Dark Reading is part of the Informa Tech Division of Informa PLC

This site is operated by a business or businesses owned by Informa PLC and all copyright resides with them.Informa PLC's registered office is 5 Howick Place, London SW1P 1WG. Registered in England and Wales. Number 8860726.

Attacks/Breaches

8/19/2019
03:15 PM
100%
0%

Towns Across Texas Hit in Coordinated Ransomware Attack

The state government and cybersecurity groups have mobilized to respond to a mass ransomware attack that simultaneously hit 22 different towns statewide.

[This article was updated on Aug. 20 with new information from the state of Texas Department of Information Resources (DIR) that 22 towns were affected, not 23 as the DIR originally had stated.]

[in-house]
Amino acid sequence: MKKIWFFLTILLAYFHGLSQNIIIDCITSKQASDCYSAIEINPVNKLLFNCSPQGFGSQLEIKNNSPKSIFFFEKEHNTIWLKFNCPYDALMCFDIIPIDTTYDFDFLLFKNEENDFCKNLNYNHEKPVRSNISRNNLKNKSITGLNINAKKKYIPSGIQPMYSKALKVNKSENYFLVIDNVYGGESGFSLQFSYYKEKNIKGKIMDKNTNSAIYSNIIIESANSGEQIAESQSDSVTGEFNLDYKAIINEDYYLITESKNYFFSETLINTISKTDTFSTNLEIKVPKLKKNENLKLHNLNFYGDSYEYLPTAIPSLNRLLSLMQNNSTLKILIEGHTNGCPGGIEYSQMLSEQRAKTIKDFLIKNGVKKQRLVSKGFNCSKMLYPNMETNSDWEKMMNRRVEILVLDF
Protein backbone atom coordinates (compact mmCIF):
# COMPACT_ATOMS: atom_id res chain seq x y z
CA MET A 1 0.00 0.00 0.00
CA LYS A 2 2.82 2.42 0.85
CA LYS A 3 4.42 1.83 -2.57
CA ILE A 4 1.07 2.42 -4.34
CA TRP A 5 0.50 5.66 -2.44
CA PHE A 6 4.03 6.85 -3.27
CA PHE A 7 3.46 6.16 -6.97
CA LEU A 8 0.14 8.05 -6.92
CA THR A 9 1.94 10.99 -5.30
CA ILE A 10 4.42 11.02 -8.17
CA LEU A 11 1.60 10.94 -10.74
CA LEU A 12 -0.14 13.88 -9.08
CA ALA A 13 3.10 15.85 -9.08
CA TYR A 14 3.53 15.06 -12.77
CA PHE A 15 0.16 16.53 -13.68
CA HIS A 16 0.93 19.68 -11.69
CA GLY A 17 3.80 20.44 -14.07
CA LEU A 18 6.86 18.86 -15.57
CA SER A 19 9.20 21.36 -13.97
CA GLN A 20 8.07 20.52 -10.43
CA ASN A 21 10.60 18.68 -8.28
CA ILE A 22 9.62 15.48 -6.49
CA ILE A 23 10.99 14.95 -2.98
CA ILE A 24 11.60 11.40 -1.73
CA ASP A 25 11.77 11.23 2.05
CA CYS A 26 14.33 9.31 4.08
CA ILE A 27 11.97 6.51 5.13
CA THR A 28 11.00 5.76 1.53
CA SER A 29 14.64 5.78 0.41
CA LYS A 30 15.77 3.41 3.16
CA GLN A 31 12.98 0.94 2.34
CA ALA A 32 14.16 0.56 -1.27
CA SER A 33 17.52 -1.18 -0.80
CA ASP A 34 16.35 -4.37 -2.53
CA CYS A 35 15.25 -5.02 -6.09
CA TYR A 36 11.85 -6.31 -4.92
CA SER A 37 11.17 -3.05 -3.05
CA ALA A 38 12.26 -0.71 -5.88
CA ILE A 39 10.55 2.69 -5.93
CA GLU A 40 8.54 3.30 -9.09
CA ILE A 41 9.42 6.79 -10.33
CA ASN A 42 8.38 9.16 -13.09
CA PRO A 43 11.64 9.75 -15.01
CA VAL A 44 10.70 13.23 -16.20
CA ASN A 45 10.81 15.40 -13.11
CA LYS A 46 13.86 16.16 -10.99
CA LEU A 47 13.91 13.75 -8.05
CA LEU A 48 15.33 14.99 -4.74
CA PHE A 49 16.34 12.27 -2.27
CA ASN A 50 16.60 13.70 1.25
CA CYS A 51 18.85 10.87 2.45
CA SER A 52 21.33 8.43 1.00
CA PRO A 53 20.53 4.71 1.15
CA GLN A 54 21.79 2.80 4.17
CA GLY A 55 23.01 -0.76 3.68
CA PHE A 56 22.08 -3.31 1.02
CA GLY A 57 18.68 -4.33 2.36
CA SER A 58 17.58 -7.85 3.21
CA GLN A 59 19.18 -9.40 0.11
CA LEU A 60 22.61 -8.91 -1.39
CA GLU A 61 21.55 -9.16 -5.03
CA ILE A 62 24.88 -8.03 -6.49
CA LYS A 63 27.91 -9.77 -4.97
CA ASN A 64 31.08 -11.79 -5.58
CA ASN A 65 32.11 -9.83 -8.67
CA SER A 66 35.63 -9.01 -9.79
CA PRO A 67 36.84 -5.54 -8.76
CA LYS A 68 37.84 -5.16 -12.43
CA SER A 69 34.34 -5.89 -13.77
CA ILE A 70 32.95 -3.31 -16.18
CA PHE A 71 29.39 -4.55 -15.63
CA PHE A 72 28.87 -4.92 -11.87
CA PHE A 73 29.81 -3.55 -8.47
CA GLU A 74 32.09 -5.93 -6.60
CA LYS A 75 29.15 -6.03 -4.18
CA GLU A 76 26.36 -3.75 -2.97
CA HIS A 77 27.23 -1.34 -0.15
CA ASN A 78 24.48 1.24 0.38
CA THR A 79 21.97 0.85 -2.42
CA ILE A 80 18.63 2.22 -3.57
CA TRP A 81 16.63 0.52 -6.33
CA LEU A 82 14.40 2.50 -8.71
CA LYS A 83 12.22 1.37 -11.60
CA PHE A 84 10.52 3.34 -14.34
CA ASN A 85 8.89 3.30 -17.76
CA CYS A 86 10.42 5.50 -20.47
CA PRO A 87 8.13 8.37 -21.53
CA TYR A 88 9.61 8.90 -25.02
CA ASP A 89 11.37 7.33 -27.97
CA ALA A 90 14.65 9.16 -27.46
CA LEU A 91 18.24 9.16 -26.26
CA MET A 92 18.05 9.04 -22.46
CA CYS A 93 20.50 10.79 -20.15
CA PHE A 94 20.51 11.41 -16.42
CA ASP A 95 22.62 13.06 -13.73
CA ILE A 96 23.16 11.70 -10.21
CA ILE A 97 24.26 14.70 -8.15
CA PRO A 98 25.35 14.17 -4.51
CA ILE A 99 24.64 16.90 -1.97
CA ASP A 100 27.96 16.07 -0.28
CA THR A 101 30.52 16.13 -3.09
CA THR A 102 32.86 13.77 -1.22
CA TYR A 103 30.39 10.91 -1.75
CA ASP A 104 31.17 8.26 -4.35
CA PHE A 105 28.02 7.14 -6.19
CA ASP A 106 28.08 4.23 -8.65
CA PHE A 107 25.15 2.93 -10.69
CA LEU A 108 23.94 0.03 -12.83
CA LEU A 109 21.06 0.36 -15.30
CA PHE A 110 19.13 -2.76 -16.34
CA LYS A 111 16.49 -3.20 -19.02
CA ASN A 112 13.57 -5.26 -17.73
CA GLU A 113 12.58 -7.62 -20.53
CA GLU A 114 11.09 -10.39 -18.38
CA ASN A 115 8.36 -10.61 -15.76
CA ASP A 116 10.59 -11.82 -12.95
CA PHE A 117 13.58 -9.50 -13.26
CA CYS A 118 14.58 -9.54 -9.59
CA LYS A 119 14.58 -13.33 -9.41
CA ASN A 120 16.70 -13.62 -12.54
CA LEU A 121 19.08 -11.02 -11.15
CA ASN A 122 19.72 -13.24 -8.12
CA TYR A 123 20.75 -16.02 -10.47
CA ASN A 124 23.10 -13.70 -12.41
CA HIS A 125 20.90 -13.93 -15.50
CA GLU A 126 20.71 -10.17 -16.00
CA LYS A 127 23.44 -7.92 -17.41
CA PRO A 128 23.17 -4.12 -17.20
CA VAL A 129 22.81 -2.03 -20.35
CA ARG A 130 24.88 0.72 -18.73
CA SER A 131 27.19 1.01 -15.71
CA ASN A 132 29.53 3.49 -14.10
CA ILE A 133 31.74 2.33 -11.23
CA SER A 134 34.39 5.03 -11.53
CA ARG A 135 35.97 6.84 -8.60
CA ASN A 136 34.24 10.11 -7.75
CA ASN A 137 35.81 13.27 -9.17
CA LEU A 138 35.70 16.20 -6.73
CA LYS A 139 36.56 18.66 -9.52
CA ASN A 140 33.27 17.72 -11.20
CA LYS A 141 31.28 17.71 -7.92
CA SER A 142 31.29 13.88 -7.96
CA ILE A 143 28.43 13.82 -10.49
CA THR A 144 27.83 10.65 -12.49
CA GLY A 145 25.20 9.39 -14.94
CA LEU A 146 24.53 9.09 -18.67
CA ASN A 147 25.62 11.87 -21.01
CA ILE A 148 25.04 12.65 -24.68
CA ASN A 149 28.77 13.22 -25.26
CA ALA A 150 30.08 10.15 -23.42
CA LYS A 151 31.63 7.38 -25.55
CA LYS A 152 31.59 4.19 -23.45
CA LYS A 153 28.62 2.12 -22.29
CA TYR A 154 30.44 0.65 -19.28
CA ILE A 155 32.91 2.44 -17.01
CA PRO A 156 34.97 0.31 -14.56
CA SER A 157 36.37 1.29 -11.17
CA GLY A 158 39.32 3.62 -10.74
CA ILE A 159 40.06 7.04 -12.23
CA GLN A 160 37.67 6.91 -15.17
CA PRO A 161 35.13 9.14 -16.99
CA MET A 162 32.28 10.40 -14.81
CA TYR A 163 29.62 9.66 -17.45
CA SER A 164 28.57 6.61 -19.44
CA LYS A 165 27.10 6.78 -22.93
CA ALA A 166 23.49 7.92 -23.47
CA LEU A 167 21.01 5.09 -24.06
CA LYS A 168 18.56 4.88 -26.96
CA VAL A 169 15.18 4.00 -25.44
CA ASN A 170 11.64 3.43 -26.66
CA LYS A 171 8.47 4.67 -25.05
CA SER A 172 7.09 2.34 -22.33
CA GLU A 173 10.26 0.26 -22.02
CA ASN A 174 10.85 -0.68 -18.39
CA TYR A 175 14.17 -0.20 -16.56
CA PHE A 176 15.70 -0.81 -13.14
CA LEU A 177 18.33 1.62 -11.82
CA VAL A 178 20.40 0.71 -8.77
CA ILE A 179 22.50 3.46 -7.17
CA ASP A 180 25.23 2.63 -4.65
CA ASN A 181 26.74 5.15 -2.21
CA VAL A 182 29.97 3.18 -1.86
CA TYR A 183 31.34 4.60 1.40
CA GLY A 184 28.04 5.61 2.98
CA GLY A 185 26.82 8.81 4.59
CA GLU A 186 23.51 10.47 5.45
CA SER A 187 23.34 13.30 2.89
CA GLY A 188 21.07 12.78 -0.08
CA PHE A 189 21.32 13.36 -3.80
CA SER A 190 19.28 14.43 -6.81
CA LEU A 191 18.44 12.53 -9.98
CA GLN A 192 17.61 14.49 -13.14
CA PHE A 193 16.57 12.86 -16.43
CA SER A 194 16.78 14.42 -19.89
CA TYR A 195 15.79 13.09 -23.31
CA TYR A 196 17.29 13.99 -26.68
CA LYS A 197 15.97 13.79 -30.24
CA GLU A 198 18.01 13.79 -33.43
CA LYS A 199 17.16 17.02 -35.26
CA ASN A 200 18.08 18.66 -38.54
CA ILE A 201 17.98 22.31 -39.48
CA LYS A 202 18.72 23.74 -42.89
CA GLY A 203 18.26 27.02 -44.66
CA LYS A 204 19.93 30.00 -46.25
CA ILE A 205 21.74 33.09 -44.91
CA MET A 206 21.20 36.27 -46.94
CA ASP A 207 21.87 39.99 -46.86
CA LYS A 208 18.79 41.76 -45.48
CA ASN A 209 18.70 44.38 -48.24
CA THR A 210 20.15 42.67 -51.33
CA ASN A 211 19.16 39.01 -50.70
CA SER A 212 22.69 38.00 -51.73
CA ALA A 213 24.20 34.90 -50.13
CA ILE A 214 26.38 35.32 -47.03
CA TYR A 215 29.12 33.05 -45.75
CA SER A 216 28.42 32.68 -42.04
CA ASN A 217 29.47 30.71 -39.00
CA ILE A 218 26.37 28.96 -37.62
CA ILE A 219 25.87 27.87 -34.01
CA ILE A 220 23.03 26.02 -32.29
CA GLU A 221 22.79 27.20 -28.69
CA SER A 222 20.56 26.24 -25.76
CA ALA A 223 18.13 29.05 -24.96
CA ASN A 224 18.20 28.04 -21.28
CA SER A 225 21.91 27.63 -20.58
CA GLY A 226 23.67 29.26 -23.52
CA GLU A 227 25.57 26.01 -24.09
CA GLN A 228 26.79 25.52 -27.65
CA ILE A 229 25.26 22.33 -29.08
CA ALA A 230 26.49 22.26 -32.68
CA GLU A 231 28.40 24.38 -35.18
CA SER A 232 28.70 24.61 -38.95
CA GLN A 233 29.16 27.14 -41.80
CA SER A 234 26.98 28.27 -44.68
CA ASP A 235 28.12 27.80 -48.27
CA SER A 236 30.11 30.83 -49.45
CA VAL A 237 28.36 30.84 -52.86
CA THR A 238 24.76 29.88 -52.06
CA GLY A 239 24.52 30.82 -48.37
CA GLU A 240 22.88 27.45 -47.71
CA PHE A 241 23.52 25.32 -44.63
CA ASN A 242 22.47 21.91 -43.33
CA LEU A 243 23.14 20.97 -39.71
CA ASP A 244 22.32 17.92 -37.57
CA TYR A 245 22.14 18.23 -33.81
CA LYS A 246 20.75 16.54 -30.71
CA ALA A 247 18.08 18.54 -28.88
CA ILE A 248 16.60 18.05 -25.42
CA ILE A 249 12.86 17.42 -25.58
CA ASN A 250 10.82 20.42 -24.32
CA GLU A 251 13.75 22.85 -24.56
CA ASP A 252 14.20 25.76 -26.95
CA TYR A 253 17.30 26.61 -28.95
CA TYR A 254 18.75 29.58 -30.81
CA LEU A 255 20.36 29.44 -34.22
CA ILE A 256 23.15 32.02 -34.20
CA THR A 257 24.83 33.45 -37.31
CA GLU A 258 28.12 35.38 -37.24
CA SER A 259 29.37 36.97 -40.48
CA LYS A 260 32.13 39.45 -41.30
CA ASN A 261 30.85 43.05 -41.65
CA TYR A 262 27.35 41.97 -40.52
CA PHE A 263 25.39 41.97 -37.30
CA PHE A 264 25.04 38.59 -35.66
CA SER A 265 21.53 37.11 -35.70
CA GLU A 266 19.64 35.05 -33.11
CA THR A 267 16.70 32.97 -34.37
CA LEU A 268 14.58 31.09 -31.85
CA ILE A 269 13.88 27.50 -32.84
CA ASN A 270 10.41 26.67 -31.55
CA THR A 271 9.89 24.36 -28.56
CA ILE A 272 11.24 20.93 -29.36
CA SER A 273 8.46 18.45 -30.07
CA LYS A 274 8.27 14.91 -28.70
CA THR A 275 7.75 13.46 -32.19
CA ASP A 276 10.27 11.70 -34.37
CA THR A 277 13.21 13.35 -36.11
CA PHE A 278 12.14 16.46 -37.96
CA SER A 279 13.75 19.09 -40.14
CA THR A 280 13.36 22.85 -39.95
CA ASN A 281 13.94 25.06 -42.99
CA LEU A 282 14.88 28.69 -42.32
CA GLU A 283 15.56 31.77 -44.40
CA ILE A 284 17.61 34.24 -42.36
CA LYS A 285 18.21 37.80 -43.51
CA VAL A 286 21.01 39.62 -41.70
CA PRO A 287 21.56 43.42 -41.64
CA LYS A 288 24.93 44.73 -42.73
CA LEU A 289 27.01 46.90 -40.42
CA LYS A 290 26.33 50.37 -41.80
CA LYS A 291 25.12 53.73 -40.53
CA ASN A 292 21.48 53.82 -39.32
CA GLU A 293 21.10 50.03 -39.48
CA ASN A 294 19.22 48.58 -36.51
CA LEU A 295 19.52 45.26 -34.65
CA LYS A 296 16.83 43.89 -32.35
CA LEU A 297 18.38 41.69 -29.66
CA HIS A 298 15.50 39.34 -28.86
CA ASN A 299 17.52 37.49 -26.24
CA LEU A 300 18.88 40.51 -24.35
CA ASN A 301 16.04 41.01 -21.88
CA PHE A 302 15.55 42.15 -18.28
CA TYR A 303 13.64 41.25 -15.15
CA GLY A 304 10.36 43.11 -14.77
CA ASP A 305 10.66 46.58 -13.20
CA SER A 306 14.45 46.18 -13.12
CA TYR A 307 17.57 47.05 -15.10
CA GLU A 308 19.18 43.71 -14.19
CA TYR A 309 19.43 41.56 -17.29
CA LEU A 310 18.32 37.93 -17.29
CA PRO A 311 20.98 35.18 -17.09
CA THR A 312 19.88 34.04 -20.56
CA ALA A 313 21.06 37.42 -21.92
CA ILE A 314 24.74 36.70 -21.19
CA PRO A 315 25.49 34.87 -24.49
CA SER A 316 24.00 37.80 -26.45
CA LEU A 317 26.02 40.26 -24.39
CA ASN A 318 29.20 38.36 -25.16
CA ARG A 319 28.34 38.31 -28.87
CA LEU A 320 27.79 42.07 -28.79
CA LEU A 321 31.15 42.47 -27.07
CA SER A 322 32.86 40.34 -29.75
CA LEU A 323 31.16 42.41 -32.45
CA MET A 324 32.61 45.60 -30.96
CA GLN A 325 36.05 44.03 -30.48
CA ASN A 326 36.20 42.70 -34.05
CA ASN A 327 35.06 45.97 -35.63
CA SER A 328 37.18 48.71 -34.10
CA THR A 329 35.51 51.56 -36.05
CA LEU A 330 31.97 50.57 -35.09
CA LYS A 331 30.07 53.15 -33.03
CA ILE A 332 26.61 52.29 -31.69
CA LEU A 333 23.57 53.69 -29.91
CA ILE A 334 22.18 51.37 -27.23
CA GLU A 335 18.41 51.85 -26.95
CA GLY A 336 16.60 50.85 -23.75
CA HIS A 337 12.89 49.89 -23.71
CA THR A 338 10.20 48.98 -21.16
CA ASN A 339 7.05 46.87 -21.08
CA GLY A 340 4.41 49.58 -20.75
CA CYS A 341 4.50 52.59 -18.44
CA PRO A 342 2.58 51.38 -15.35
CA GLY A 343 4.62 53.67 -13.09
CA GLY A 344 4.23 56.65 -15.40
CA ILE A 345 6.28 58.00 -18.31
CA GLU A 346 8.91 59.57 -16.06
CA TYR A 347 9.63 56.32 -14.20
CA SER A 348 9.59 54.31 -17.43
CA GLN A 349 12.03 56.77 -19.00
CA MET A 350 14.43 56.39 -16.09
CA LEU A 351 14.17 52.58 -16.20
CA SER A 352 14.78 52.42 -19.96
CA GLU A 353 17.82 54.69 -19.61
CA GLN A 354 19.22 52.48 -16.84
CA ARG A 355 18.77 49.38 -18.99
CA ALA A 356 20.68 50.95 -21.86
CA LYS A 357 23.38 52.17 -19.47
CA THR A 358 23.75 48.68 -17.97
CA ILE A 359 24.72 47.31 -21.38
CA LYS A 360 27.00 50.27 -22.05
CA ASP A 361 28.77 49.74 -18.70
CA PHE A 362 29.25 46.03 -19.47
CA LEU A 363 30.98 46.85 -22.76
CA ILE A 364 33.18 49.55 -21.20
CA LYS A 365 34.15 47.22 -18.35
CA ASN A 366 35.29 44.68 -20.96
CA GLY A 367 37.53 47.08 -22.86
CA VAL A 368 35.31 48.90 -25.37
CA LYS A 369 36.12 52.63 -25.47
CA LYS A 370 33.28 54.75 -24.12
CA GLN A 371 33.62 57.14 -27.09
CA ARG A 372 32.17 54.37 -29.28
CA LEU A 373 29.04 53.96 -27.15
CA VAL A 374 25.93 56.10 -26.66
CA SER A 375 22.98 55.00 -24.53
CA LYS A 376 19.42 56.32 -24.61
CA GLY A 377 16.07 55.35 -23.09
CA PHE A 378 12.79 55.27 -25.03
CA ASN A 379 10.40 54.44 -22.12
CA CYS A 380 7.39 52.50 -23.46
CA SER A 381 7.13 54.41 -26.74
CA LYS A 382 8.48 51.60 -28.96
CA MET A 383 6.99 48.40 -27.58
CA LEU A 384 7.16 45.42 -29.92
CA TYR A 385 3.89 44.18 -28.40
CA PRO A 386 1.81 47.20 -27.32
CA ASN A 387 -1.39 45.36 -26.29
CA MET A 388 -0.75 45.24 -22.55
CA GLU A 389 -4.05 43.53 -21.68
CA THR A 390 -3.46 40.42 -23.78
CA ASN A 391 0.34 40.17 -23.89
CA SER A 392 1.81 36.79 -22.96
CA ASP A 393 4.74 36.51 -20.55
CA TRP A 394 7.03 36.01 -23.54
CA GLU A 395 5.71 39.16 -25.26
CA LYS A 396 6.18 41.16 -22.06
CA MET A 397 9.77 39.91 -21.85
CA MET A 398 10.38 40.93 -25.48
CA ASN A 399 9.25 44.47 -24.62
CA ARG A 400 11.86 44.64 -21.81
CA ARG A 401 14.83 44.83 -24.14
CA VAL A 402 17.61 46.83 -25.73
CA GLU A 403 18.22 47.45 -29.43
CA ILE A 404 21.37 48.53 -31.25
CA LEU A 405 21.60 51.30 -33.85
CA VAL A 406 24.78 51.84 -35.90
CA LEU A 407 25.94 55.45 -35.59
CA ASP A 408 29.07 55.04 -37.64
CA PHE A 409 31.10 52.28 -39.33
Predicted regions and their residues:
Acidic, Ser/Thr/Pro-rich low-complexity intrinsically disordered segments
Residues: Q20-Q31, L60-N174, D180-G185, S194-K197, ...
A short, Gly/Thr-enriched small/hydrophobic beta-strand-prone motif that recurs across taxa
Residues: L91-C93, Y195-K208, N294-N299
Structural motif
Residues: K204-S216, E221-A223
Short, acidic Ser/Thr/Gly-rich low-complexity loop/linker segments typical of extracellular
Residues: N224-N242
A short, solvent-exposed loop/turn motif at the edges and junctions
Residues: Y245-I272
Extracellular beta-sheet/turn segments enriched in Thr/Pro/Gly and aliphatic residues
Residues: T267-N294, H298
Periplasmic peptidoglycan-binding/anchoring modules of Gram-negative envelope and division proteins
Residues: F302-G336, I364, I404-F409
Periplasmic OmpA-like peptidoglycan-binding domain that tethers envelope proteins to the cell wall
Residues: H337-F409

The state of Texas has been hit with a rare coordinated ransomware attack that disrupted systems of 22 different local governments.

The Texas Department of Information Resources (DIR) issued a statewide alert on Aug. 16 warning towns and cities across the state about the attack campaign. The attack hit Friday morning and appears to be the work of a single threat actor, the DIR said in a statement on Aug. 17. Later that day, Texas government officials activated a multi-organizational task force, including the Department of Information Resources (DIR), the Texas A&M University System's Security Operations Center (SOC), the Texas Department of Public Safety, and emergency and military responders.

By Saturday, all affected entities had been notified and the DIR confirmed that state systems had not been affected by the attack.